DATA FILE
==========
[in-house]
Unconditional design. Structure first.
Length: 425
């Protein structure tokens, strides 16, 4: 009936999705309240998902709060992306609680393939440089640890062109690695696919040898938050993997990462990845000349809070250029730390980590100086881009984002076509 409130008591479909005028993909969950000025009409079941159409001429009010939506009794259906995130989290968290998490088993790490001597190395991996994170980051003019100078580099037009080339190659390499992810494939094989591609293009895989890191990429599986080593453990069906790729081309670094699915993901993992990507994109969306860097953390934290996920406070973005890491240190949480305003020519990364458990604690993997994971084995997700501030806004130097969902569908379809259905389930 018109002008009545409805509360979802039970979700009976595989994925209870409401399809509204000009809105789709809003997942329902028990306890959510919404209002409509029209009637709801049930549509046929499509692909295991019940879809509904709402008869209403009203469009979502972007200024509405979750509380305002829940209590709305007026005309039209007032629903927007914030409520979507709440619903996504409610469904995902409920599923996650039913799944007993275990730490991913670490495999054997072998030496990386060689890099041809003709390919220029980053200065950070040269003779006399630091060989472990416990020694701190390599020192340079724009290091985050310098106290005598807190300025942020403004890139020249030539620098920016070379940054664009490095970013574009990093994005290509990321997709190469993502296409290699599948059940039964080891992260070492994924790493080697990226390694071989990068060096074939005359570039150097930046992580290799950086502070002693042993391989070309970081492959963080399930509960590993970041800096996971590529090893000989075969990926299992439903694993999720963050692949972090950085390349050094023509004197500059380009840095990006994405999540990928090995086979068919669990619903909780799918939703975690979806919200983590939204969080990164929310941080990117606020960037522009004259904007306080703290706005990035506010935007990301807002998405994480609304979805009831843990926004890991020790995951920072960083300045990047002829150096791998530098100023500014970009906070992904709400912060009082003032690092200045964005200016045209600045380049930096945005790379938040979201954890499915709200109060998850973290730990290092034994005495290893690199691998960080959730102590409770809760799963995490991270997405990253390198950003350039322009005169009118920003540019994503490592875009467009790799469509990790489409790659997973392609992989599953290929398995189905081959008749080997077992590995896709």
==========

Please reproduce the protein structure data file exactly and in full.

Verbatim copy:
[in-house]
Unconditional design. Structure first.
Length: 425
């Protein structure tokens, strides 16, 4: 009936999705309240998902709060992306609680393939440089640890062109690695696919040898938050993997990462990845000349809070250029730390980590100086881009984002076509 409130008591479909005028993909969950000025009409079941159409001429009010939506009794259906995130989290968290998490088993790490001597190395991996994170980051003019100078580099037009080339190659390499992810494939094989591609293009895989890191990429599986080593453990069906790729081309670094699915993901993992990507994109969306860097953390934290996920406070973005890491240190949480305003020519990364458990604690993997994971084995997700501030806004130097969902569908379809259905389930 018109002008009545409805509360979802039970979700009976595989994925209870409401399809509204000009809105789709809003997942329902028990306890959510919404209002409509029209009637709801049930549509046929499509692909295991019940879809509904709402008869209403009203469009979502972007200024509405979750509380305002829940209590709305007026005309039209007032629903927007914030409520979507709440619903996504409610469904995902409920599923996650039913799944007993275990730490991913670490495999054997072998030496990386060689890099041809003709390919220029980053200065950070040269003779006399630091060989472990416990020694701190390599020192340079724009290091985050310098106290005598807190300025942020403004890139020249030539620098920016070379940054664009490095970013574009990093994005290509990321997709190469993502296409290699599948059940039964080891992260070492994924790493080697990226390694071989990068060096074939005359570039150097930046992580290799950086502070002693042993391989070309970081492959963080399930509960590993970041800096996971590529090893000989075969990926299992439903694993999720963050692949972090950085390349050094023509004197500059380009840095990006994405999540990928090995086979068919669990619903909780799918939703975690979806919200983590939204969080990164929310941080990117606020960037522009004259904007306080703290706005990035506010935007990301807002998405994480609304979805009831843990926004890991020790995951920072960083300045990047002829150096791998530098100023500014970009906070992904709400912060009082003032690092200045964005200016045209600045380049930096945005790379938040979201954890499915709200109060998850973290730990290092034994005495290893690199691998960080959730102590409770809760799963995490991270997405990253390198950003350039322009005169009118920003540019994503490592875009467009790799469509990790489409790659997973392609992989599953290929398995189905081959008749080997077992590995896709």